Thursday, April 28, 2011

Pure Cacophony

Editor's note: Now that I don't have to worry about finding a job, I'm less restrained when expressing my opinion on the hot topics "du jour." However, the downside is: I have become "one of them." You know the type: those crusty curmudgeons who can no longer abide some of the nonsense in the editorial pages of some newspapers. To paraphrase "Pogo," the long running daily comic strip created by Walt Kelly, I have seen the enemy and he is I. Herewith is my latest submission to The Leavenworth Echo.

To the editor:

Once again, we've have to weather the tired exhortations of Bill Cowles as he tries to convince us that "we have more oil and natural gas than all of the Middle East combined." He then cites the U.S. Geological Society (sic) as his source.

Sorry, Bill, but nowhere on its website has the U.S. Geological Service made that claim. Most credible sources for rankings of natural gas and oil reserves have the U.S. in the neighborhood of #12 to #15. But here's the deal; this isn't just a matter of supply but also one of demand. The U.S. consumes more fossil fuel than any other nation in the world by a country mile.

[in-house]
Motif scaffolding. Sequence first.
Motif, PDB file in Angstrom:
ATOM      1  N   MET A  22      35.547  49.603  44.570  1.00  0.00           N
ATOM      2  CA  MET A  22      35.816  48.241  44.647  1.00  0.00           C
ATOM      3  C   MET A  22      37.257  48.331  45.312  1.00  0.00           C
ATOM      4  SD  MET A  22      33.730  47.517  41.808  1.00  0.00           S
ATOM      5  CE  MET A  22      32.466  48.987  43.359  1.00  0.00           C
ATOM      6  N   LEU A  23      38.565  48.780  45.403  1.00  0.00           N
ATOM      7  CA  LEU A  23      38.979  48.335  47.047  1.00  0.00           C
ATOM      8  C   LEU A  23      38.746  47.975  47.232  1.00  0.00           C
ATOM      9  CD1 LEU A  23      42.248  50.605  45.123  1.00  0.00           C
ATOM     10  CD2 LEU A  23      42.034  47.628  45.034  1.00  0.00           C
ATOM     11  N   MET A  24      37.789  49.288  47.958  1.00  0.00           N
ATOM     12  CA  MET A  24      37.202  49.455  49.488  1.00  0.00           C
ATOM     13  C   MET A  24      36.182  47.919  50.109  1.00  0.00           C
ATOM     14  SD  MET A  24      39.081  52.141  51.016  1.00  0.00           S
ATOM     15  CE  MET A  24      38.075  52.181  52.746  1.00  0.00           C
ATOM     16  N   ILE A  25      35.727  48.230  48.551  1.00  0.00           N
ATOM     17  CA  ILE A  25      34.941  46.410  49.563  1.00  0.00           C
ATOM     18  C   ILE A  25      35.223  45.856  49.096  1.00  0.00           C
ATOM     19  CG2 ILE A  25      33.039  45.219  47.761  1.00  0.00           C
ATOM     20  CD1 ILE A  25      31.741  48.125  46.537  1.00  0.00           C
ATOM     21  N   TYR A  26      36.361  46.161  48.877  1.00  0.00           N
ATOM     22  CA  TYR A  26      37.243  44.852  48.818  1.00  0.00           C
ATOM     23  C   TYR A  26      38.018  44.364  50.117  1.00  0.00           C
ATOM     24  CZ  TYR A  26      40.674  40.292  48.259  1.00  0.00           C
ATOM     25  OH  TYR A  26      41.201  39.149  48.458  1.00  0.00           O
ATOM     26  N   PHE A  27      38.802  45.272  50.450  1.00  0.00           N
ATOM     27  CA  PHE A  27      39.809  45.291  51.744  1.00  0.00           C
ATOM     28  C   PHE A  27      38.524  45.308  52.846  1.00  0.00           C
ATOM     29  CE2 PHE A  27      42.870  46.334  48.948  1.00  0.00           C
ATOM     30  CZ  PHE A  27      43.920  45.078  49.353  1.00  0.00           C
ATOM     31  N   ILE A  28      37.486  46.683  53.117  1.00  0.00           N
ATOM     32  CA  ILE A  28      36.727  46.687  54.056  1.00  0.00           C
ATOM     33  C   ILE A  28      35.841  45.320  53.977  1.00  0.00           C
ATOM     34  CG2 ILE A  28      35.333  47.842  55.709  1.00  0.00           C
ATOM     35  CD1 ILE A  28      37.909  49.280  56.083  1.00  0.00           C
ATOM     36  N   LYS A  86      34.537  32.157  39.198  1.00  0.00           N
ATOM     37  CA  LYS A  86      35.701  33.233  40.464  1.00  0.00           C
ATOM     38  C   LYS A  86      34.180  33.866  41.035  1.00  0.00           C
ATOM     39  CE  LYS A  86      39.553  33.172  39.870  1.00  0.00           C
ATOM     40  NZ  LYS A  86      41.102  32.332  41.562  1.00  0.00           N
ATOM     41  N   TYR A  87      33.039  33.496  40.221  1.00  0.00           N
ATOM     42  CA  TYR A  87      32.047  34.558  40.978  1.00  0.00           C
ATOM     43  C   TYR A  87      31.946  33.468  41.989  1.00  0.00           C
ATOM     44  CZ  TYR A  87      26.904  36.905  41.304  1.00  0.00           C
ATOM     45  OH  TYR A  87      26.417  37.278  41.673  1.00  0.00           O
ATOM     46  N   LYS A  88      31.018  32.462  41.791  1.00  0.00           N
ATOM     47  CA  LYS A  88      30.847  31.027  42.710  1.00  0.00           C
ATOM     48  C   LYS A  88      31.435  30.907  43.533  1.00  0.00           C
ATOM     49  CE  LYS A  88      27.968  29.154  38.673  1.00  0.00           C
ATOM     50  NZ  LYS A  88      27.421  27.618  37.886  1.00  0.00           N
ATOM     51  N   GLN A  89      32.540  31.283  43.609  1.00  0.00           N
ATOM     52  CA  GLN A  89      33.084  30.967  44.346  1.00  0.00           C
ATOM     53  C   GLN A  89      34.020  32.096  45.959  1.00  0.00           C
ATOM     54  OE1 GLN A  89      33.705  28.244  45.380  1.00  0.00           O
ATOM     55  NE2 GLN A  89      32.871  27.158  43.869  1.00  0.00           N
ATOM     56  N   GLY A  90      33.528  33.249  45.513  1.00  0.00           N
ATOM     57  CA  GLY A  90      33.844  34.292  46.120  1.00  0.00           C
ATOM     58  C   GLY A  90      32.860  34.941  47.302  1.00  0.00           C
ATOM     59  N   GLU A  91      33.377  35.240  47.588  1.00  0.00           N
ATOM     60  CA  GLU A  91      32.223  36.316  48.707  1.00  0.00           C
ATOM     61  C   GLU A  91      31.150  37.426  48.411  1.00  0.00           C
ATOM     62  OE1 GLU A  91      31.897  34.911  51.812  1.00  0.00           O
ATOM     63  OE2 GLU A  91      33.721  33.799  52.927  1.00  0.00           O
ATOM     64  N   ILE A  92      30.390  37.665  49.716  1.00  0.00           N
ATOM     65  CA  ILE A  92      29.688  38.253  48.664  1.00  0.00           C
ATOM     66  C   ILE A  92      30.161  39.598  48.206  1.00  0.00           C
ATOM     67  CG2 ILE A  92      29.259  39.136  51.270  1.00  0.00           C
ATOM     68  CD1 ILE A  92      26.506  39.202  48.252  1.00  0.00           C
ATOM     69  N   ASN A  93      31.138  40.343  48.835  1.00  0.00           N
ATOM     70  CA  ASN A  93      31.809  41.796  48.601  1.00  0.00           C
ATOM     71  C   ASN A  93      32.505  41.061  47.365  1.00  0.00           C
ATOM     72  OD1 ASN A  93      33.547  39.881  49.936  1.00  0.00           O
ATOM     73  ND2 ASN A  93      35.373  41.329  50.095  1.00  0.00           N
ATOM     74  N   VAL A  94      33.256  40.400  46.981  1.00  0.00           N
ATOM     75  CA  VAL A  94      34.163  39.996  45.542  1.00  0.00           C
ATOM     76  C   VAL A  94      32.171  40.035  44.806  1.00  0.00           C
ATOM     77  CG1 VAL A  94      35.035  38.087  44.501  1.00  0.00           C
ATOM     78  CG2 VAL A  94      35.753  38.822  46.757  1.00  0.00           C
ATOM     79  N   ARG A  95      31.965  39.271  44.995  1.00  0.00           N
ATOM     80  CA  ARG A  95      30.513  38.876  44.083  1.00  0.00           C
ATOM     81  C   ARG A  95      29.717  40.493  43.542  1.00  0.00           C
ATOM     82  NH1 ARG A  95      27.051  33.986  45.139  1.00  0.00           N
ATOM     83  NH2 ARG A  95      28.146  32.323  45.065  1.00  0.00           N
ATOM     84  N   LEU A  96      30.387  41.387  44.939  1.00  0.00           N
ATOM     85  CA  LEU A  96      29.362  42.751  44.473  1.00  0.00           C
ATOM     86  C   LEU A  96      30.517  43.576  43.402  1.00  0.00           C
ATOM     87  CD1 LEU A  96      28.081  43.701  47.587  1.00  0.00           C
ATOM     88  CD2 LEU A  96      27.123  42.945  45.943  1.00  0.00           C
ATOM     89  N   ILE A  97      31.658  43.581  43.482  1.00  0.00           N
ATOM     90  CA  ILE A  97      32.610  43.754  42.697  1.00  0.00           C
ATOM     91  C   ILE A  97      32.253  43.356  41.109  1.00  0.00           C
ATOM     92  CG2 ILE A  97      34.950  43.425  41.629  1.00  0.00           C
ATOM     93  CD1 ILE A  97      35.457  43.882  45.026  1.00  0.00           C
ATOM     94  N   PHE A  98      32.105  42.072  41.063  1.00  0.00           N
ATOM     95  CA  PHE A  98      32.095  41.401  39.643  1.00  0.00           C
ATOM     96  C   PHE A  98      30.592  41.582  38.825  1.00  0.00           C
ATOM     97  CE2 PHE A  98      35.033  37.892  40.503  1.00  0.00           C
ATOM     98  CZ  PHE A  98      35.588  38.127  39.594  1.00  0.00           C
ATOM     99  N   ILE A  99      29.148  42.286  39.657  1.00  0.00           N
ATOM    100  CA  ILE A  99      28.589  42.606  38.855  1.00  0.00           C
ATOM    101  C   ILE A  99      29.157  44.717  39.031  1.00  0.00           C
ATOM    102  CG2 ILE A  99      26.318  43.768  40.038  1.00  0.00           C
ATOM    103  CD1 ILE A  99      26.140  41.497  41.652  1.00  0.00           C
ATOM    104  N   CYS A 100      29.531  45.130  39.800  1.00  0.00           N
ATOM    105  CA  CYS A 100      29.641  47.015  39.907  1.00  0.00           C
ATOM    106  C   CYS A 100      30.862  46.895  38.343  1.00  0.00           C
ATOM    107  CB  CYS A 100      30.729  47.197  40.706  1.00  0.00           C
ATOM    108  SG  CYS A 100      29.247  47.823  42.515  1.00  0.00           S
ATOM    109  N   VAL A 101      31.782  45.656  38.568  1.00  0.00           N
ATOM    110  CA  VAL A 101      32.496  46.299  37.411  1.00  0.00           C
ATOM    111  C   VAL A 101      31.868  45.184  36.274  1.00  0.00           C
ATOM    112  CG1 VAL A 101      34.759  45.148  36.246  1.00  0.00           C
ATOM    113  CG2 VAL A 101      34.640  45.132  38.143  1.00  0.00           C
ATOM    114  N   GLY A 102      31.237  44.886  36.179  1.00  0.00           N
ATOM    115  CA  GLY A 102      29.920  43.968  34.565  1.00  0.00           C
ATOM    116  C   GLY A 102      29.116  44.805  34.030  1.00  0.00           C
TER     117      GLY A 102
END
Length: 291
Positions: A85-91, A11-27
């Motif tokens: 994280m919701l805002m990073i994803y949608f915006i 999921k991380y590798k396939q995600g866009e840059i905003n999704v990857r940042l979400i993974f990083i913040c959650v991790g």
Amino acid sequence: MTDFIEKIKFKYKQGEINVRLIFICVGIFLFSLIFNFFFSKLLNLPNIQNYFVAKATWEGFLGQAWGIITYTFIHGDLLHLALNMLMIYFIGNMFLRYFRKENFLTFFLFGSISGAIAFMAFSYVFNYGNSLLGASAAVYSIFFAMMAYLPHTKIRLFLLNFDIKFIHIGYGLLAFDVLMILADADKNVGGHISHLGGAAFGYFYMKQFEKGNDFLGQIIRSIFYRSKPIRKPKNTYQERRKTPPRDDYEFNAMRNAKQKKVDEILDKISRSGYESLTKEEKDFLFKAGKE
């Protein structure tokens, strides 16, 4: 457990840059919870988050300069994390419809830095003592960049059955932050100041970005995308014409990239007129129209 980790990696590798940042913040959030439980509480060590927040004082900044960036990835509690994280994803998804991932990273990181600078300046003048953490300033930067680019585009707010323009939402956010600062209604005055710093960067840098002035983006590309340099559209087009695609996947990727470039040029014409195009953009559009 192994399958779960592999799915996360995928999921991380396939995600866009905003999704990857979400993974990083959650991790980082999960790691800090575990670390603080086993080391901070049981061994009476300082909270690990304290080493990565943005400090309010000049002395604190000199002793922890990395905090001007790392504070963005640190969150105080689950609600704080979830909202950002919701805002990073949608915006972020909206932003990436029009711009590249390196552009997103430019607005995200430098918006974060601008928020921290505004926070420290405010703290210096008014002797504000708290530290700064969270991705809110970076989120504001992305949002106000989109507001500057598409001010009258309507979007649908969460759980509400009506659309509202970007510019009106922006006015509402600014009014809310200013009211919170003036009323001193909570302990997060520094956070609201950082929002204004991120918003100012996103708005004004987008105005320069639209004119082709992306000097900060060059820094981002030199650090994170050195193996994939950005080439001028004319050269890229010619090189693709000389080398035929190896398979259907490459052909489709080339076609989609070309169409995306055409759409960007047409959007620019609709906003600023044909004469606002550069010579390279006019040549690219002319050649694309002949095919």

Until we start thinking outside the box and establish a comprehensive energy policy (we're one of the few countries in the world that doesn't have one), the U.S. will continue to reside behind the eight ball, a whole nation of oil junkies who need their fix from dealers located in the Middle East.

Sadly, much of what Bill Cowles has to say is pure cacophony. You can always tell, when someone has to remind you: "I do know what I am talking about." Perhaps the publisher of The Leavenworth Echo should consider a noise ordinance of his own.

Tuesday, April 12, 2011

Then There Were Giants

For me, this has been one of those weeks when the big stuff seems small and the little things loom large.

Professor Emeritus Ken Metzler -- my teacher, mentor and friend -- passed away in his sleep on Monday, April 11 at the age of 82. Though incredibly saddened by his sudden passing, I find solace in the fact that Ken stomped on the terra and influenced the lives of many, including yours truly.